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July 26, 2004

Season Two starts with a bang!


Dead Like Me literally started with a bang as the group took about 5 souls from a gas explosion at a vegetable market. We get explosions and flying veggies, but despite the smooth look of the show, it's still the dialogue that drives it.

The Second Season picked up the great dialogue where it dropped off. Last night's episode was a treatise on sadness.

Mason, who we find out was sober all summer, drops off the wagon by episode's end after being forced to take the soul of a man at his daughter's sixth birthday party.

Daisy gets little real substantive play in this episode, but we know from last season she is carrying around some secret from her past that consumes and drives her. George said last season "I watch her sometimes. She's sad about something."

George's folks decided, finally, to get a divorce, leaving the already only-partially-stable Reggie to miss George even more as she has to deal with it alone. The pair broke up after neither of them was able to overcome the sadness that last season's hurts left them alone with. This is utterly believable... how often do we deny ourselves what we really want (in this case, reunion) because pride won't let us?

George herself took a soul early in the episode that was eerily similar to her own death just over a year previous. That put her in mind of the fact that she died after squandering her life on hiding in her room and rebelling against her mother. Her death at 18 left her, in her words, "a virgin with a death certificate," and it's pretty clear that virginity won't last forever in this new season. George also got a promotion at work, but just so that her boss Delores could keep her from a relationship with the boss' son. Rube, the head reaper, doesn't want George to take the promotion at the ironically named "Happy Time", fearing she has too much on her plate already. Of course, she takes the money; she's broke. Just the multi-directional tension George needs to drive another full season.

Rube was the only character who seemed changed, all the others picked up where they left off. Rube was always sarcastic but with words of wisdom and an "old soul" in the first season. This time out Rube didn't seem to have any concern for the reapers at all, especially George, and was solely a force for sarcasm and bossiness. Maybe this was necessary to set up the tension with George or maybe he's just had enough of her antics. There was a melancholy allusion to a daughter of his, but just a mention. Maybe that points to sadness of his own that is the root of his change. We'll see.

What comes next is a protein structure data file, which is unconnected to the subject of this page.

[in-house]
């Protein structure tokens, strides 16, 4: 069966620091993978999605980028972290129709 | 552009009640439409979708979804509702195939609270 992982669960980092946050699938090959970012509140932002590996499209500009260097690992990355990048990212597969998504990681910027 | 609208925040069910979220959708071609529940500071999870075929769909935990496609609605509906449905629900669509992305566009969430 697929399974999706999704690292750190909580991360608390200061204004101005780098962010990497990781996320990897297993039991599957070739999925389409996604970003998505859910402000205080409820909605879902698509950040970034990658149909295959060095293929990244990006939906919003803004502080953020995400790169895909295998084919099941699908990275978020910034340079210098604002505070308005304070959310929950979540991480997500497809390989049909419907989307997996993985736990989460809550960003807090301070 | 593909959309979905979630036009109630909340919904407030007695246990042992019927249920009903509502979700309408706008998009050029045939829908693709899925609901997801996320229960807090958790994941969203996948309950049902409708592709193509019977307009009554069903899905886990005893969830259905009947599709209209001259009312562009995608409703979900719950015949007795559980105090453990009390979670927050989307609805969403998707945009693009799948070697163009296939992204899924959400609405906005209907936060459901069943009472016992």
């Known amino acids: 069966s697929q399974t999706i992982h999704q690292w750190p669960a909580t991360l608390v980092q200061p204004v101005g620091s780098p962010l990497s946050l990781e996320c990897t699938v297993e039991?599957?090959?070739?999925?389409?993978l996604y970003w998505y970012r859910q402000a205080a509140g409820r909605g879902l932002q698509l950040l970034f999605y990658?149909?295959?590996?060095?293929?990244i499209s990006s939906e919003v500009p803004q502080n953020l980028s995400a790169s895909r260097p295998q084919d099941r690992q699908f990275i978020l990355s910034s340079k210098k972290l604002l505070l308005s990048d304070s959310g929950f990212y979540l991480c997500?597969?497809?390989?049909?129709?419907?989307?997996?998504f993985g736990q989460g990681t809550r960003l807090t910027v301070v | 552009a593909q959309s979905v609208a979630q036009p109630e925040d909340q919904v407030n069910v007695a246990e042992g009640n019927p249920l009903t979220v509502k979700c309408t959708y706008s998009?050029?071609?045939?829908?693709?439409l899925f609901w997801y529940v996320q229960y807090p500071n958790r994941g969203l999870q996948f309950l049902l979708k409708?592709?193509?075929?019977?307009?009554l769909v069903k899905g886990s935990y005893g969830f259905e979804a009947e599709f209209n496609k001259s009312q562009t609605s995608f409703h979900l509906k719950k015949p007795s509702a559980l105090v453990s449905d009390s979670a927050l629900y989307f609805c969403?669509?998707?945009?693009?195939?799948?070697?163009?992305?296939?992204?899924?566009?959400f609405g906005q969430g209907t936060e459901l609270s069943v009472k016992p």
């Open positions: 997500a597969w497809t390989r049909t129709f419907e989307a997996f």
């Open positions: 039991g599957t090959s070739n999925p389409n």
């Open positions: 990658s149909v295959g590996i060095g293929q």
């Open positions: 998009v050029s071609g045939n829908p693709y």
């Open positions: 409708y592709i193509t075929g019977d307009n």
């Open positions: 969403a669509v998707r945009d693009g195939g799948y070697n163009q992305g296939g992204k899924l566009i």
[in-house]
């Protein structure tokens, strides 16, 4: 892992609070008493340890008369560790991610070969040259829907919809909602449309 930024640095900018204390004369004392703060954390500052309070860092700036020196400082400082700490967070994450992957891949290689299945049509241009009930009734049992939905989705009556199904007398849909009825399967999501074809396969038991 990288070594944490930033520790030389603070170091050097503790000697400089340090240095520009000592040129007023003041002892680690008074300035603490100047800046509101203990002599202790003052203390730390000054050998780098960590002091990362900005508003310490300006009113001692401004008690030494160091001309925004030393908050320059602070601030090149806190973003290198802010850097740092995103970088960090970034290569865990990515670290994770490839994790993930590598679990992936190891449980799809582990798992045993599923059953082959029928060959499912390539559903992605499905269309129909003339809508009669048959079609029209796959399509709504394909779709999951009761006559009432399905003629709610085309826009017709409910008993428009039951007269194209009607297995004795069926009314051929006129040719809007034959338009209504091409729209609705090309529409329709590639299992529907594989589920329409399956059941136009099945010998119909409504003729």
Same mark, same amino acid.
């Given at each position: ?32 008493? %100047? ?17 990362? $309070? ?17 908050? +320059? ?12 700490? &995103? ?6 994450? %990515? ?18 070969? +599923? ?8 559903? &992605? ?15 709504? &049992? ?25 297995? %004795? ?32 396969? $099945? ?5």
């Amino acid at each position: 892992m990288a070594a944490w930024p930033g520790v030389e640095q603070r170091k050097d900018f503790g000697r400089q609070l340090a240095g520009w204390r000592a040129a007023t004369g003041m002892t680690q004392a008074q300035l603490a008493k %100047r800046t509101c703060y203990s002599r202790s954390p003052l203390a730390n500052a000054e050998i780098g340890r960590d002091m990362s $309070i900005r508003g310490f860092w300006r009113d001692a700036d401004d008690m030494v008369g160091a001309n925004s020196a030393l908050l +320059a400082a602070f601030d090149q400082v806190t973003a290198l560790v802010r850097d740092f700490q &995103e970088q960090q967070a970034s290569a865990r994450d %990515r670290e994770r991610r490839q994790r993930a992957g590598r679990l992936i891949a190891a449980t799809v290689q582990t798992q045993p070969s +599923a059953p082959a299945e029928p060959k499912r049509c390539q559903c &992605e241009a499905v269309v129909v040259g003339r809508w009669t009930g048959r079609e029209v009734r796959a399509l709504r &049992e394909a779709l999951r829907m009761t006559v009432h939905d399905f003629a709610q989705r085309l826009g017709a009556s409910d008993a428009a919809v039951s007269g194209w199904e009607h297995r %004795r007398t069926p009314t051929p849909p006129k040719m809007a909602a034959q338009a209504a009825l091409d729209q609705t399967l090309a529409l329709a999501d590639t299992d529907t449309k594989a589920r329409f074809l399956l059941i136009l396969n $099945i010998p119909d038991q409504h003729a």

Expect that happiness will remain possible in each of these cases. George's ray of light in this episode is symbolized by a flower that she receives from a merchant who is destined to die in the market explosion. While she tries to get rid of it (she's too sad to see any beauty or hope?), it appears again later, rescued by the florally-named Daisy. George sees it in full bloom as she gets in from the end of a very hard, very sad day and carries it to her grave, acknowledging her own death and life-cut-short. The last scene is her running from the grave site, hair in the wind and a huge smile on her face. Symbolism, anyone?

Popping Culture's sources tell us Season Two is even better than Season One as a whole. I can't imagine it, but I also can't wait to find out.

Posted by Dan at July 26, 2004 07:43 AM

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I agree that last night's episode was a good start to the season but I disagree with you about Rube. I think he showed concern for Mason in accompanying Mason to the party. I also think his not wanting George to take the promotion was out of concern for her based on the fact that he called her 'peanut.' He seemed to be hurt when she told him not to call her that. Perhaps one of the underlining threads of the show will be that George reminds Rube of his daughter and he's not comfortable with it. It would set up some interesting dialogs between them. Not that there hasn't already been. Some of the best dialogs have been between George and Rube.

I have to also disagree with you concerning Daisy. She had little 'on screen' time but her saving that flower for George showed a depth in the character that was started last season. Also, her trying to talk to George but finally giving up and just saying "I'm sorry you were so young when you died." This was substantive.

I hope they can keep up the level of this show. There are so few shows on these days worth watching.

Posted by: Cindy Preston at July 26, 2004 12:30 PM

Very good response. I meant about Daisy that she didn't have a central role in this episode, a fact that I think will be more than made up for this season.

Good words on Rube. He's my favorite character and I do hope you're correct.

The good news is I find that dialog-driven shows (ie Seinfeld) last longer and do better in the ratings over long periods of time than shows that rely on flash and gimmick.

Posted by: Big Dan at July 26, 2004 04:16 PM

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